A greater degree of growth control is not achieved by using higher rates of Pro-Ca since

only small differences in growth retardation are noted between a rate of 3 oz/100 gal as

compared with 12 oz/100 gal. In some instances more growth control is achieved than desired

when this early application is used. Rather than adjusting the rate applied it would be preferable

to slightly delay the time of application to nearer bloom or petal fall.

There may be other benefits for making the initial application at pink. Early application

results in earlier retardation of growth. Since terminal growth competes directly with developing

fruit for available calcium, earlier retardation of shoot growth makes it possible to increase the

amount of calcium partitioning into the fruit rather than the shoots. We have noted reduced

bitter pit in Fuji and Cortland as a result of this early application, but it does not happen all of the

time. Recently in an article in Scaffolds it was reported that reduction in bitter pit on Honeycrisp

could be achieved with this early application of Pro-Ca. Since calcium only account for a

portion of the incidences of bitter pit in apples it is our feeling that this treatment may help

reduce this disorder but it may not eliminate it under all conditions every year.

Hawkeye’s corner (notes from the field)

Liz Garofalo

Pear psylla are happily laying eggs all over the pear buds as we speak.  Soon, nymphs will emerge and begin sucking the juices out of green tissue and excreting honeydew all over the place making a mess of your pear trees and providing a substrate for sooty mold.


Winter moth update from Heather Faubert:

Egg hatch looks variable this year, click on the link for Heather’s report.

Gypsy moth egg mass on the tree (left), gypsy moth egg mass up close (right), note the imported parasitic wasp (Ooencyrtus kuvanae) laying her eggs through the protective “hairs” surrounding the eggs (red arrows).  She is only able to reach eggs on the surface of the mass so parasitizes approximately 20% of the eggs she finds.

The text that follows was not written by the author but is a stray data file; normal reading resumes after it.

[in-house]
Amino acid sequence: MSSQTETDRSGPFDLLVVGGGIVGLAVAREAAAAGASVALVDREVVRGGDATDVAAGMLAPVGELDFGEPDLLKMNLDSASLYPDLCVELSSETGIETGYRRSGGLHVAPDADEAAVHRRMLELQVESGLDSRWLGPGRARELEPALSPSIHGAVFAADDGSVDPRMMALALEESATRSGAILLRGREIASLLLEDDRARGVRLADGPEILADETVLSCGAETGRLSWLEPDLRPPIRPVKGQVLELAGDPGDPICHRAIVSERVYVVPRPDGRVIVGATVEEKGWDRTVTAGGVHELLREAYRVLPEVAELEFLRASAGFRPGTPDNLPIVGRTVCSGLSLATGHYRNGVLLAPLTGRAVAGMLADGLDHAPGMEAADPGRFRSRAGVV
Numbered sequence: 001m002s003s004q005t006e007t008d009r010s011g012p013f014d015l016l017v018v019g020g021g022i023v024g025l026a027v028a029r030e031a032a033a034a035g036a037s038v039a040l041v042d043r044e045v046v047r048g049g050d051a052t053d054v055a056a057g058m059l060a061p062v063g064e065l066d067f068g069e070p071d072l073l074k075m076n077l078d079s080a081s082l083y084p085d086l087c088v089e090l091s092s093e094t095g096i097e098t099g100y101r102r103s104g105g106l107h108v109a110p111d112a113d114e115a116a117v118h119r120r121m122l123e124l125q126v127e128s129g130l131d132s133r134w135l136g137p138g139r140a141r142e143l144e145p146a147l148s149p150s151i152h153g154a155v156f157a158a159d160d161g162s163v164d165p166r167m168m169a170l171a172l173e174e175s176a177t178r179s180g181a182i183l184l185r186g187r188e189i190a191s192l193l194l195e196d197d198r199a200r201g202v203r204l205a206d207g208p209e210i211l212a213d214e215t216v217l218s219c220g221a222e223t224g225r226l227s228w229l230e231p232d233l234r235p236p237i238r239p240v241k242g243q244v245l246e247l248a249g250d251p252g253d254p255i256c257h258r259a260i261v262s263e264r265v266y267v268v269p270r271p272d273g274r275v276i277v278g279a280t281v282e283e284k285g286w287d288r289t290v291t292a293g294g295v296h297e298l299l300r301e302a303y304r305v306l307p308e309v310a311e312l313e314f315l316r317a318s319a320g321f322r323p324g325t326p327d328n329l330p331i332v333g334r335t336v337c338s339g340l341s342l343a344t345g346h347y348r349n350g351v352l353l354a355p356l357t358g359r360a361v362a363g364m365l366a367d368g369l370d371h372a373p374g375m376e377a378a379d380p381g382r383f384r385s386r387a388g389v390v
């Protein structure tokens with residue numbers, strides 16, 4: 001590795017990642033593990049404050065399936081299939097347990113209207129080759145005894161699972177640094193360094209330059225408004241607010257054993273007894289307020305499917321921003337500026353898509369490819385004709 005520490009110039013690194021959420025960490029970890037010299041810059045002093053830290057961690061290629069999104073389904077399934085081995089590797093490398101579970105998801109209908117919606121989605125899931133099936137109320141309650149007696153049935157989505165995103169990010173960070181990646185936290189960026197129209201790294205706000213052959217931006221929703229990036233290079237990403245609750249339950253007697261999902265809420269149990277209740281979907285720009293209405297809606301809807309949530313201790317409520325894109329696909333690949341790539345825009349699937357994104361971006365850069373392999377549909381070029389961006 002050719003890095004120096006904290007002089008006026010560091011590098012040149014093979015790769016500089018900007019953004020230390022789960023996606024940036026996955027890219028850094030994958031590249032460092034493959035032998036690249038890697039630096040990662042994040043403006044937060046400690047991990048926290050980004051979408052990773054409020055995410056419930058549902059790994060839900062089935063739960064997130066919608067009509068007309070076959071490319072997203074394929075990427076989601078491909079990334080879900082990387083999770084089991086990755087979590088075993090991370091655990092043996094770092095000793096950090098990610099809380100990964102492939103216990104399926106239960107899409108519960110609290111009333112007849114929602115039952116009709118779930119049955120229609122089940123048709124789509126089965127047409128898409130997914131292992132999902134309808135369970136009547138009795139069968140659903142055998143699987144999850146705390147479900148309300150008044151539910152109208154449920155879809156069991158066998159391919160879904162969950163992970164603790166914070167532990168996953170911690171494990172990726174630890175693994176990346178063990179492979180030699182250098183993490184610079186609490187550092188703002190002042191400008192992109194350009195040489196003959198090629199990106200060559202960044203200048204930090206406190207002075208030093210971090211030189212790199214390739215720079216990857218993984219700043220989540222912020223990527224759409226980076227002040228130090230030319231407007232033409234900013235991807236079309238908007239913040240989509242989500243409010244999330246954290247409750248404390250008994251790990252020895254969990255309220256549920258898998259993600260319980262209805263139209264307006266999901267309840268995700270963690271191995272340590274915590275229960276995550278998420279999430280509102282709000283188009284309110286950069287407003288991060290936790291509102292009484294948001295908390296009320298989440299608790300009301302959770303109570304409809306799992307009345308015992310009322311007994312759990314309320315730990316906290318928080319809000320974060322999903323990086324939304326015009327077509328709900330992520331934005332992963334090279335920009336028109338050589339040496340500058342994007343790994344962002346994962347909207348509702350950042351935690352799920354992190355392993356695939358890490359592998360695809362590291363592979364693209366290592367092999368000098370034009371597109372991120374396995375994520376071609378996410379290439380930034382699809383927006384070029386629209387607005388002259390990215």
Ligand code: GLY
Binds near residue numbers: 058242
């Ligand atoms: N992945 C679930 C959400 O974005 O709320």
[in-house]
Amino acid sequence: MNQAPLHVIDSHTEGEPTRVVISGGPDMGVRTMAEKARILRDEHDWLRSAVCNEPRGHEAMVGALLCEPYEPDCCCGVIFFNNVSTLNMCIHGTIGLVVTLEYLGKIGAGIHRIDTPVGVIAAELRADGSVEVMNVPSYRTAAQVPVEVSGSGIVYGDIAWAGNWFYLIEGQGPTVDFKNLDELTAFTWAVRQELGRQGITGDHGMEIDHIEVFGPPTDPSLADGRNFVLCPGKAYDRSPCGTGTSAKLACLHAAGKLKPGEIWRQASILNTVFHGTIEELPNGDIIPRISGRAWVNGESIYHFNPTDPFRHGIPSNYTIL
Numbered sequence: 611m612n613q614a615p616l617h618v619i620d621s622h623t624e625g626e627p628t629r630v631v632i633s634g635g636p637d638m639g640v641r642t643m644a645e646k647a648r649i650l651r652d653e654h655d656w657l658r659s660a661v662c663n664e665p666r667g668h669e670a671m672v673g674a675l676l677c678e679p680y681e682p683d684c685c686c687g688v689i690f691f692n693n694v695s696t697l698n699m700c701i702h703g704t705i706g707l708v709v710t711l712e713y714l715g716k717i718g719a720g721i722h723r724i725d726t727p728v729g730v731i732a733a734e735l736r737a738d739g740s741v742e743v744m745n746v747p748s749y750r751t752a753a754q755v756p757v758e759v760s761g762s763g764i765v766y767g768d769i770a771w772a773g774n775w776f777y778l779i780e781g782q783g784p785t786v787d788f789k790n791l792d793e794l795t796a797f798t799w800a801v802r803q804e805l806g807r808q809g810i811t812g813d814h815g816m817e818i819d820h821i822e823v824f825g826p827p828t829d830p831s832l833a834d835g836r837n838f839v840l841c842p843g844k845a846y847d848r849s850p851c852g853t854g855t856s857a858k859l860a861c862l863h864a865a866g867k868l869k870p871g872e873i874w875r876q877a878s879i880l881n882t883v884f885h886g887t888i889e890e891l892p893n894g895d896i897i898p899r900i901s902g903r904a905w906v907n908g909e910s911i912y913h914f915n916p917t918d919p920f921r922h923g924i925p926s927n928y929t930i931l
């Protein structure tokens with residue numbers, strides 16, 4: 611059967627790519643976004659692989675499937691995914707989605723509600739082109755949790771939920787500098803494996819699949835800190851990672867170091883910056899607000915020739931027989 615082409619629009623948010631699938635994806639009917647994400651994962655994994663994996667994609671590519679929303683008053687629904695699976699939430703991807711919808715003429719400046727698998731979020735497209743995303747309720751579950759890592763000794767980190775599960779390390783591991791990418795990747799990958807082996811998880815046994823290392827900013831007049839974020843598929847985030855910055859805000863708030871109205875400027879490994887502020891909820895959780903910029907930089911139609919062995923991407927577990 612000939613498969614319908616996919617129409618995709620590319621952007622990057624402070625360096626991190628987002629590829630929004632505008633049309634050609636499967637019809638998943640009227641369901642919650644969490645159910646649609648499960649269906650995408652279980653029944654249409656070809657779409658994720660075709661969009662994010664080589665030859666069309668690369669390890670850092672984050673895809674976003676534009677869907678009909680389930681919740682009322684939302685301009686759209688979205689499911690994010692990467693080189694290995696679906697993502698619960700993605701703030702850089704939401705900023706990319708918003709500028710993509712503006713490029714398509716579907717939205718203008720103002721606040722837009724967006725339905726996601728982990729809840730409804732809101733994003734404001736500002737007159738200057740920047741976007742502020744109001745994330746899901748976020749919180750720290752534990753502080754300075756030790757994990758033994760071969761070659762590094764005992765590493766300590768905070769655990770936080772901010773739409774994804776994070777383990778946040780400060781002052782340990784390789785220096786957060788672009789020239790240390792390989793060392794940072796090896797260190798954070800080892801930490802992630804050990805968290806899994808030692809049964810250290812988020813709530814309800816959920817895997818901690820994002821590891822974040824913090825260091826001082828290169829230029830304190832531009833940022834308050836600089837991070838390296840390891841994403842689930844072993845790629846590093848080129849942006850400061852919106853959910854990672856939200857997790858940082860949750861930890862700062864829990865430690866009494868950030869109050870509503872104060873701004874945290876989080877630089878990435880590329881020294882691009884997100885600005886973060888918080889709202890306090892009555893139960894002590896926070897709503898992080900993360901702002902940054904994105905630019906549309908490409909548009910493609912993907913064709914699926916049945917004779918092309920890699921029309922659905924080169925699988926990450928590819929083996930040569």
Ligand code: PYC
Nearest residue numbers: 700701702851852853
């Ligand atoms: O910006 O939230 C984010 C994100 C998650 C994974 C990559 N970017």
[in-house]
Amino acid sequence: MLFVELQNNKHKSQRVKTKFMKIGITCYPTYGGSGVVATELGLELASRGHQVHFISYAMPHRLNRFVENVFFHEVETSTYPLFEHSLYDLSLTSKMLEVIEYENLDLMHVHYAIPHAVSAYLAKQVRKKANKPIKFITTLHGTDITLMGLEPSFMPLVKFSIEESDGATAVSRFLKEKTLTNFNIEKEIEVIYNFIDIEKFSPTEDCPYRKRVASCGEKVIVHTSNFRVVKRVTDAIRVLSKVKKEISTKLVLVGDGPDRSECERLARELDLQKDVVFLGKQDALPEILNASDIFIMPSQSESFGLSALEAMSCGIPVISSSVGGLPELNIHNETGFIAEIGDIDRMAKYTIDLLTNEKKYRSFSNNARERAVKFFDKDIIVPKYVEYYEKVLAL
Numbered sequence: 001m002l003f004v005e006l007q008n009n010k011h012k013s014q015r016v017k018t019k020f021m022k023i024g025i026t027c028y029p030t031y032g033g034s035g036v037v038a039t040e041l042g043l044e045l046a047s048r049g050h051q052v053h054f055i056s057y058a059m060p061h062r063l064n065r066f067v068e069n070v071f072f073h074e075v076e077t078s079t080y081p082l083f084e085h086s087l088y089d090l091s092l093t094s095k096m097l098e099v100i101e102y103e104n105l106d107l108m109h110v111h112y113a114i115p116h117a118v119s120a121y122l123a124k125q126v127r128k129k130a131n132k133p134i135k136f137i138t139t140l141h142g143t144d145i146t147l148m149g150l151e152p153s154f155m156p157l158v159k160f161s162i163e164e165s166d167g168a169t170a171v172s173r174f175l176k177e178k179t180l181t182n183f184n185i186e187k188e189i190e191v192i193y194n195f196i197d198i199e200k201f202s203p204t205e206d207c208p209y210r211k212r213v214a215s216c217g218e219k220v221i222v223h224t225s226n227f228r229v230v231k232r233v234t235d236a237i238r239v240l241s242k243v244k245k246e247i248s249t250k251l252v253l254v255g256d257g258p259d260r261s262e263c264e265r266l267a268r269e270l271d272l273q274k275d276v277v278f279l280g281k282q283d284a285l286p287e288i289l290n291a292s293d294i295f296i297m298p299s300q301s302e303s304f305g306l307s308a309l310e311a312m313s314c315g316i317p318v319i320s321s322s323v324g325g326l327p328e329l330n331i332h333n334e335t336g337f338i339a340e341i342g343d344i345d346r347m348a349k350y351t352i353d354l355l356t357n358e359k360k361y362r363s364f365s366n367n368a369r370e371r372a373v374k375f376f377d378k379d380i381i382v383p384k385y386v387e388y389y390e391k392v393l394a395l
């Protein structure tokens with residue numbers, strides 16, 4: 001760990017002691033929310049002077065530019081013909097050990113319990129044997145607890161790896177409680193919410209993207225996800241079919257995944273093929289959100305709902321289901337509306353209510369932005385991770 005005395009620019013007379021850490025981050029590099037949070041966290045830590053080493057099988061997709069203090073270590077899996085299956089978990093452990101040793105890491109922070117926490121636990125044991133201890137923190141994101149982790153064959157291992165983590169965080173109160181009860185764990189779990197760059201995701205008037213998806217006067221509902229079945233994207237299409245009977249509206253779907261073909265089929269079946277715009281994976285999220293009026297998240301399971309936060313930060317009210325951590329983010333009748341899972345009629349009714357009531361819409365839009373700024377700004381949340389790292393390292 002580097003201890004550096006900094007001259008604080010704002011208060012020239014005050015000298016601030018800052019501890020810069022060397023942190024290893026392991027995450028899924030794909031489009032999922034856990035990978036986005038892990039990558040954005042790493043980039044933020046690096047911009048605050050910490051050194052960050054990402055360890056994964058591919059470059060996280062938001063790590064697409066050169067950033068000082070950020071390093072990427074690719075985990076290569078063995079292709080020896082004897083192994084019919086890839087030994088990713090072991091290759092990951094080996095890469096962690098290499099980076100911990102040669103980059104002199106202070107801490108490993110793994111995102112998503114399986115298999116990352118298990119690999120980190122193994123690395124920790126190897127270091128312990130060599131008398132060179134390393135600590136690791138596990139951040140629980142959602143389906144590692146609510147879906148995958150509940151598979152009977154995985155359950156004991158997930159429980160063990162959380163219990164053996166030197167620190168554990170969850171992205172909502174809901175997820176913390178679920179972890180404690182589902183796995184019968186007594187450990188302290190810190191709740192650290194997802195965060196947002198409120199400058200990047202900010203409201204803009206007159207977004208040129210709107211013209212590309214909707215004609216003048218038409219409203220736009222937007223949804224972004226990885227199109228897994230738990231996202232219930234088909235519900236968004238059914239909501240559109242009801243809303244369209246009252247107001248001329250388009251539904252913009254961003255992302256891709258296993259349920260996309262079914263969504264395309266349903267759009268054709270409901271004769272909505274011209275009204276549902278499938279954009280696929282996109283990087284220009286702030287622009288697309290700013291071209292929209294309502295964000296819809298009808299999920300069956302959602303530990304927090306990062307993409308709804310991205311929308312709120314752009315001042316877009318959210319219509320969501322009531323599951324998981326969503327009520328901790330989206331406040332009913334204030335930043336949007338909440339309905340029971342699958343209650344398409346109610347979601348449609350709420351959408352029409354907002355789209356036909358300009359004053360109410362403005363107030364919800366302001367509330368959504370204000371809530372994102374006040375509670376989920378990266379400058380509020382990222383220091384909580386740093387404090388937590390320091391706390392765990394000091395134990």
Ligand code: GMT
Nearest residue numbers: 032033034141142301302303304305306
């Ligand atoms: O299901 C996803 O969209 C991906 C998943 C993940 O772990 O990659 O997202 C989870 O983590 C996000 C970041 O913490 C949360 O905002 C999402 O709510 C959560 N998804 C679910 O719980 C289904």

Close up of O. kuvanae. Identification courtesy of Hannah Broadley and Jeff Boettner from Joe Elkington’s lab.  

Provided this wet weather keeps up, there shouldn’t be too much pressure from gypsy moth as the fungus Entomophaga maimaiga will proliferate under current conditions and infect the larvae, killing them. A Dipel (or other B.t. material), however, on young trees (and blueberries…) will be extra, eco-friendly, insurance against these and other leaf-munching lepidoptera.  

Speaking of current (and near future conditions), it looks to be a gorgeous week, with the chance for a fairly significant scab infection on the way Thursday-Friday.  Interesting though to note that as the week progresses the forecast shows a decreasing likelihood of rain, something to keep an eye on. Provided the wind doesn’t kick up, you have a solid window for scab management Tuesday through Wednesday.  For what it’s worth, I counted 378 mature ascospores (in ten random fields) on the slide taken from the two-fan, field-based spore trap. These spores were deposited during the last rain event, and, there will be that many again ready to go for the next rain event.  Scab season is underway in earnest!


Not to be outdone by scab, fireblight (fresh ooze in the photo) is out and looking for some flower to love…and with temperatures predicted to exceed the magic number 65°, bacterial populations will begin building, just in time for bloom.  

Guest article

Disease Update: Apple Scab, Fire Blight, and Brown Rot This Week

Kari Peter, Asst. Professor, Tree Fruit Pathology, Pennsylvania State University

May 3–5 could be potential infection periods for apple scab and fire blight. Brown rot infection conditions favorable for open peach blossoms this week.

After a very chilly spring, summer conditions are going to explode this week. If the forecast comes to fruition with the high temperatures and rain, disease conditions will also explode very quickly. Bloom is right around the corner, and this could be a banner week for apple scab and fire blight. Peaches and nectarines are finally in full bloom, and brown rot blossom blight is a risk during this warm weather. However, forecasts can change quickly. Consequently, growers are encouraged to keep a very close eye on the weather in their location to determine appropriate actions to mitigate disease.


Late pink through petal fall, use FRAC Group 7 fungicides